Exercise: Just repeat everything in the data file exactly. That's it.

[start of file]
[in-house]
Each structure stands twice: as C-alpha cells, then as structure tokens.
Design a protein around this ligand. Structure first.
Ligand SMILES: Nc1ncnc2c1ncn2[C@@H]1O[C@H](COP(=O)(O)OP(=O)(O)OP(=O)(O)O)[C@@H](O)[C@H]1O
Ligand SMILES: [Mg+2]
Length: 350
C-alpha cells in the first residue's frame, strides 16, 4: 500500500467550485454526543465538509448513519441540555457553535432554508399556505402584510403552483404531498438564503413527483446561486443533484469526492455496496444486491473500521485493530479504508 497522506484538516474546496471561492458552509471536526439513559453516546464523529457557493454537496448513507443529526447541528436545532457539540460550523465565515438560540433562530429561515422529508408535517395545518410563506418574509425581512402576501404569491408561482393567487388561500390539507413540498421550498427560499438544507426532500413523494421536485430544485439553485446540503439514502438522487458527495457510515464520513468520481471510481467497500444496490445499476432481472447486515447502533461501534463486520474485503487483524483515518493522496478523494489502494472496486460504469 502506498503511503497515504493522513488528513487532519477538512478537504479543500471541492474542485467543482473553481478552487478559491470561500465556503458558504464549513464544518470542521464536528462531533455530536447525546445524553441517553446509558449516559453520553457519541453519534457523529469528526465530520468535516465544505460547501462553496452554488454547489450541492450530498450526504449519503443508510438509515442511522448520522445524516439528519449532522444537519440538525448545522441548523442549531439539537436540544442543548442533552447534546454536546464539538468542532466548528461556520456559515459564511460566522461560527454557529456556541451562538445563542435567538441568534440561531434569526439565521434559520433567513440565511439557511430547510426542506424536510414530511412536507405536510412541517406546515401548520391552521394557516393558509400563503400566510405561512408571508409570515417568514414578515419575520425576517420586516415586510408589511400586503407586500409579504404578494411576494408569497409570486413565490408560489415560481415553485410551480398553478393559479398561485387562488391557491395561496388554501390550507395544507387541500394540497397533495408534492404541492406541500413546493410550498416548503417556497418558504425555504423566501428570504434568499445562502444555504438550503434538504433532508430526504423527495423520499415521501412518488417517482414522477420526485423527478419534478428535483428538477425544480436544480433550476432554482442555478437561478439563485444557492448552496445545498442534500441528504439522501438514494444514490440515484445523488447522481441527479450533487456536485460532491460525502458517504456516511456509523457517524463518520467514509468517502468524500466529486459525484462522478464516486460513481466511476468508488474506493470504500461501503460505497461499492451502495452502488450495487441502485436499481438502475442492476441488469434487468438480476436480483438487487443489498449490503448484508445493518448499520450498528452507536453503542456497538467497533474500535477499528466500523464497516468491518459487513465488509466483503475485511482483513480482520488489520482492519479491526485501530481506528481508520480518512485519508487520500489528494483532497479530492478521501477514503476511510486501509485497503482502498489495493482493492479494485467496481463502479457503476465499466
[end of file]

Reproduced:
[in-house]
Each structure stands twice: as C-alpha cells, then as structure tokens.
Design a protein around this ligand. Structure first.
Ligand SMILES: Nc1ncnc2c1ncn2[C@@H]1O[C@H](COP(=O)(O)OP(=O)(O)OP(=O)(O)O)[C@@H](O)[C@H]1O
Ligand SMILES: [Mg+2]
Length: 350
C-alpha cells in the first residue's frame, strides 16, 4: 500500500467550485454526543465538509448513519441540555457553535432554508399556505402584510403552483404531498438564503413527483446561486443533484469526492455496496444486491473500521485493530479504508 497522506484538516474546496471561492458552509471536526439513559453516546464523529457557493454537496448513507443529526447541528436545532457539540460550523465565515438560540433562530429561515422529508408535517395545518410563506418574509425581512402576501404569491408561482393567487388561500390539507413540498421550498427560499438544507426532500413523494421536485430544485439553485446540503439514502438522487458527495457510515464520513468520481471510481467497500444496490445499476432481472447486515447502533461501534463486520474485503487483524483515518493522496478523494489502494472496486460504469 502506498503511503497515504493522513488528513487532519477538512478537504479543500471541492474542485467543482473553481478552487478559491470561500465556503458558504464549513464544518470542521464536528462531533455530536447525546445524553441517553446509558449516559453520553457519541453519534457523529469528526465530520468535516465544505460547501462553496452554488454547489450541492450530498450526504449519503443508510438509515442511522448520522445524516439528519449532522444537519440538525448545522441548523442549531439539537436540544442543548442533552447534546454536546464539538468542532466548528461556520456559515459564511460566522461560527454557529456556541451562538445563542435567538441568534440561531434569526439565521434559520433567513440565511439557511430547510426542506424536510414530511412536507405536510412541517406546515401548520391552521394557516393558509400563503400566510405561512408571508409570515417568514414578515419575520425576517420586516415586510408589511400586503407586500409579504404578494411576494408569497409570486413565490408560489415560481415553485410551480398553478393559479398561485387562488391557491395561496388554501390550507395544507387541500394540497397533495408534492404541492406541500413546493410550498416548503417556497418558504425555504423566501428570504434568499445562502444555504438550503434538504433532508430526504423527495423520499415521501412518488417517482414522477420526485423527478419534478428535483428538477425544480436544480433550476432554482442555478437561478439563485444557492448552496445545498442534500441528504439522501438514494444514490440515484445523488447522481441527479450533487456536485460532491460525502458517504456516511456509523457517524463518520467514509468517502468524500466529486459525484462522478464516486460513481466511476468508488474506493470504500461501503460505497461499492451502495452502488450495487441502485436499481438502475442492476441488469434487468438480476436480483438487487443489498449490503448484508445493518448499520450498528452507536453503542456497538467497533474500535477499528466500523464497516468491518459487513465488509466483503475485511482483513480482520488489520482492519479491526485501530481506528481508520480518512485519508487520500489528494483532497479530492478521501477514503476511510486501509485497503482502498489495493482493492479494485467496481463502479457503476465499466